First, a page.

So i pretty much just finally understood the concept of using something like: constint &var
in the parameters of a function. Where it uses the reference to quicken the process, but is not allowed to change the contents
Where this one meshes const and a reference together, are there others like this that are a shortcuts to make unique outcomes? I was looking at trying to get a list of such things.
Where it uses the reference to quicken the process, but is not allowed to change the contents
More specifically - it removes the need to create a copy of the object being passed as a parameter. As well as the performance benefits, it also avoids any side-effects associated with the copy constructor - and allows you to safely pass objects that aren't copyable or haven't had a copy constructor written for them.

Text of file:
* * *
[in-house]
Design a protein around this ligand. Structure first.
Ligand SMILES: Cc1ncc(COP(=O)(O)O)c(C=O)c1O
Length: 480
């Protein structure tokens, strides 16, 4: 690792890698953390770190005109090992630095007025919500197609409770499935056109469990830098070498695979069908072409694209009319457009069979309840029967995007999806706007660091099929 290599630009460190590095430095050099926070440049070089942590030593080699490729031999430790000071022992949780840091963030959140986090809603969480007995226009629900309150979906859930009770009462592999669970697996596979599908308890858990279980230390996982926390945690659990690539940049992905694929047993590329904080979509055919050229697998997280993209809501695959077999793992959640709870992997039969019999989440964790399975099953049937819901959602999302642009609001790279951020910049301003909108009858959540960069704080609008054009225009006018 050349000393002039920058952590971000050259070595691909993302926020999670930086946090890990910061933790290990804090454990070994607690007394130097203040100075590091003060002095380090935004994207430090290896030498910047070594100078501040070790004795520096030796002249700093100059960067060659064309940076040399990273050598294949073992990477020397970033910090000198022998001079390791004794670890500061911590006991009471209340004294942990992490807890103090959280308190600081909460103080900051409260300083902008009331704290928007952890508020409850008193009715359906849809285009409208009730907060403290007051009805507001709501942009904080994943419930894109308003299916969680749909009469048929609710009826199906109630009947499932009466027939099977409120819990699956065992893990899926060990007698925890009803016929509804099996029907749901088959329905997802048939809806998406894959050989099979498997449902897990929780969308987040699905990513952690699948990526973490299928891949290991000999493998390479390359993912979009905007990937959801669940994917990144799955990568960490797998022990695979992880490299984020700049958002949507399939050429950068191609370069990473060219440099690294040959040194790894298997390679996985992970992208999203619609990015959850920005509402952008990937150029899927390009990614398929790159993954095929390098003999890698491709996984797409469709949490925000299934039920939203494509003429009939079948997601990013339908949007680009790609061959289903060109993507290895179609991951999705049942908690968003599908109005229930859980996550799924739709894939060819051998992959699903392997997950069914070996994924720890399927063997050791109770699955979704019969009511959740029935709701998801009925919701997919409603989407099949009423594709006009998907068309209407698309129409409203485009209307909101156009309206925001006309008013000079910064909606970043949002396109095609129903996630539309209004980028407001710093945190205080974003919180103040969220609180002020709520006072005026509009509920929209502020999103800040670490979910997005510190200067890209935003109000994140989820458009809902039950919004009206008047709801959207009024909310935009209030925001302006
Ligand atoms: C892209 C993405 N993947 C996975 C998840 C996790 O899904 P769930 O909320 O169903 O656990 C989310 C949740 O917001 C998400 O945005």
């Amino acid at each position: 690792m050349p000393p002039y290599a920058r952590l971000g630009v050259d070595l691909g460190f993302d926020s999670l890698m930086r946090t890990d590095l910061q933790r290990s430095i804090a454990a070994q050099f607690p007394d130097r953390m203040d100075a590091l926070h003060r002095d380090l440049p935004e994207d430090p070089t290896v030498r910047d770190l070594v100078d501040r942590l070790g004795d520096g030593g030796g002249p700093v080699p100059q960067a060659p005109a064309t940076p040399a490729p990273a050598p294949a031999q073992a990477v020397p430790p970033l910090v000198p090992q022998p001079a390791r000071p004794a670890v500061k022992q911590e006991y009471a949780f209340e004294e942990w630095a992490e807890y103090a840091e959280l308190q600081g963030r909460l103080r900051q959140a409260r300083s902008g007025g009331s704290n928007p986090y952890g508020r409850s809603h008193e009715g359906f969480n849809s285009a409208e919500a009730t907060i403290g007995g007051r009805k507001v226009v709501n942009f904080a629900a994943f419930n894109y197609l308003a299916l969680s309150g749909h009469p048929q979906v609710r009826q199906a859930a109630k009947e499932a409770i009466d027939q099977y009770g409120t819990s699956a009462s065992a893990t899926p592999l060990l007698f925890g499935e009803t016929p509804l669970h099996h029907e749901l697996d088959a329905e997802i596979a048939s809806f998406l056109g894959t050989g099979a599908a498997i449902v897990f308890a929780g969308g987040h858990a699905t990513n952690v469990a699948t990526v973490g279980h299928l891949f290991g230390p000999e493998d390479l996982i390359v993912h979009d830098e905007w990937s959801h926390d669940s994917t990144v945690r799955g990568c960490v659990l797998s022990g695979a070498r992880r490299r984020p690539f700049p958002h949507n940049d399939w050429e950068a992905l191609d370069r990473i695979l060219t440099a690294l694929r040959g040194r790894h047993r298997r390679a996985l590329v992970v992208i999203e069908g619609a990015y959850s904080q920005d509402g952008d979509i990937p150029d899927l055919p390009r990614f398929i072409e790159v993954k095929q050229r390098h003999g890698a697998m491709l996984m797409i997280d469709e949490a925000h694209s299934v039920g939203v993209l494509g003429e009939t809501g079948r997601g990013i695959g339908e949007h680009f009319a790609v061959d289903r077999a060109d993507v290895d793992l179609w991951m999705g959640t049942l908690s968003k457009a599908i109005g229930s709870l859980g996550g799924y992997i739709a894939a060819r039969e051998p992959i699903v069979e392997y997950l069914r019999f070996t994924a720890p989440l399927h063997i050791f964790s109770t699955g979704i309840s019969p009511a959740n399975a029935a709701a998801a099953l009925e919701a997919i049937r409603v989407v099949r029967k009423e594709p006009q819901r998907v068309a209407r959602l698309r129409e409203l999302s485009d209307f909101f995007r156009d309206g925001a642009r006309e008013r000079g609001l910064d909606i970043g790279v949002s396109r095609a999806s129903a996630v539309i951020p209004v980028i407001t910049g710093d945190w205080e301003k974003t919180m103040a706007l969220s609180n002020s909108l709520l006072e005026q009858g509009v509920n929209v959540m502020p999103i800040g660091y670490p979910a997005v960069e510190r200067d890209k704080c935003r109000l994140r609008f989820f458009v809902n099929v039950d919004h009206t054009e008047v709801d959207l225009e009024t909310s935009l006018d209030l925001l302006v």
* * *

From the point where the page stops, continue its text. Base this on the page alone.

oh wow that is complex, thanks for the link
If it helps, I've never had to use the terms "decl-specifier-seq", "cv-qualifier" or "declarator" in nearly 20 years of being a C/C++ developer :) The way the rules work together are, mostly, logical and intuitive. "const" means pretty much the same thing with a reference as it does with anything else, for example. Once you know what "const" means, the way it applies to a reference is pretty intuitive.